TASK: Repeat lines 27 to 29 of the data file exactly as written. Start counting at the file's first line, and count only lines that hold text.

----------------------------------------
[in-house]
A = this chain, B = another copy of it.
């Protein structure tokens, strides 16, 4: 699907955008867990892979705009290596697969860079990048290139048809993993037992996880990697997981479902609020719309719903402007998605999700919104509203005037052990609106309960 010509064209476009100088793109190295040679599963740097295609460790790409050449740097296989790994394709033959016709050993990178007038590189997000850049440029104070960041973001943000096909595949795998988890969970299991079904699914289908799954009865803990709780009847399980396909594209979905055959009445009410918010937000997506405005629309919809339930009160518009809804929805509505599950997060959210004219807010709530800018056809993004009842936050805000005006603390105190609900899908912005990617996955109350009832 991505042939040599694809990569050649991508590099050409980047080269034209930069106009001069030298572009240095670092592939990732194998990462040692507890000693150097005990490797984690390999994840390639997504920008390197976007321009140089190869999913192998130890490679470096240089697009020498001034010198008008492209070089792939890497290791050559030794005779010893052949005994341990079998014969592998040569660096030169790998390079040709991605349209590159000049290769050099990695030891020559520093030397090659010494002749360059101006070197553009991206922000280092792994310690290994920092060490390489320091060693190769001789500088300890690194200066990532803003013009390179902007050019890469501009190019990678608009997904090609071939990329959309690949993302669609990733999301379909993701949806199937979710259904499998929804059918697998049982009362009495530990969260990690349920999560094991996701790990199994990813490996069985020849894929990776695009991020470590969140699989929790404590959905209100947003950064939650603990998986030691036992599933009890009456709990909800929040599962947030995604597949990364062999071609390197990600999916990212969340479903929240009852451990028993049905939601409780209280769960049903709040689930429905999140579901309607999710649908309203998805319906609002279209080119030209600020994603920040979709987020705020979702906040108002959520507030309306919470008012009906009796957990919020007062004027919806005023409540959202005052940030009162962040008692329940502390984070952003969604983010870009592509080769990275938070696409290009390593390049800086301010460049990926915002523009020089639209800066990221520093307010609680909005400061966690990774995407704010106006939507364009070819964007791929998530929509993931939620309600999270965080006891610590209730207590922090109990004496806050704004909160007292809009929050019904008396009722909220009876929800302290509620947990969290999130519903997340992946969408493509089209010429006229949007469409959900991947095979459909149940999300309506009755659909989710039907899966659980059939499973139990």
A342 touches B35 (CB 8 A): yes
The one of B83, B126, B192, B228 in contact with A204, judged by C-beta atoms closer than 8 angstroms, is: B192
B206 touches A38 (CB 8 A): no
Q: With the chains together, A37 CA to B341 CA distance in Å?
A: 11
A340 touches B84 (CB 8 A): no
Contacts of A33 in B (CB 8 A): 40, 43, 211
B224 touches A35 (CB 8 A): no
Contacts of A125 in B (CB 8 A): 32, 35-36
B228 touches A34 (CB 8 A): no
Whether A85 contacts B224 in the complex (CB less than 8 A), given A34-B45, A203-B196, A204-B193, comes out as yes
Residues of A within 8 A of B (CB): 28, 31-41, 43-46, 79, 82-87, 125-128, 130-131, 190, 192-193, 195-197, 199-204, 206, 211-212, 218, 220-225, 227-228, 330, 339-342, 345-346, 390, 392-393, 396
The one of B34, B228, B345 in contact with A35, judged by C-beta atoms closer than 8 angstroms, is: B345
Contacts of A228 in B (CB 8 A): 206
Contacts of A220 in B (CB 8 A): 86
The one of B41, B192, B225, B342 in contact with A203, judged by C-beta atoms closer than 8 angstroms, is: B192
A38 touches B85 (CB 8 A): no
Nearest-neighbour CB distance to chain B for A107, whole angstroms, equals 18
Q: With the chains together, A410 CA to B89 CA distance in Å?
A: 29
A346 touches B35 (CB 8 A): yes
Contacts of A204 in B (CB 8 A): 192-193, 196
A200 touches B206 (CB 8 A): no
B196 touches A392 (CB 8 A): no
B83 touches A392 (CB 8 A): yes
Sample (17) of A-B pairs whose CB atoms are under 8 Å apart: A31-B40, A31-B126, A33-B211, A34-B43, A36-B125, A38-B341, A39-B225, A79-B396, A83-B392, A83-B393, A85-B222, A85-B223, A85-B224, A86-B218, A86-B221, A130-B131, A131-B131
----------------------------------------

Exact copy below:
B196 touches A392 (CB 8 A): no
B83 touches A392 (CB 8 A): yes
Sample (17) of A-B pairs whose CB atoms are under 8 Å apart: A31-B40, A31-B126, A33-B211, A34-B43, A36-B125, A38-B341, A39-B225, A79-B396, A83-B392, A83-B393, A85-B222, A85-B223, A85-B224, A86-B218, A86-B221, A130-B131, A131-B131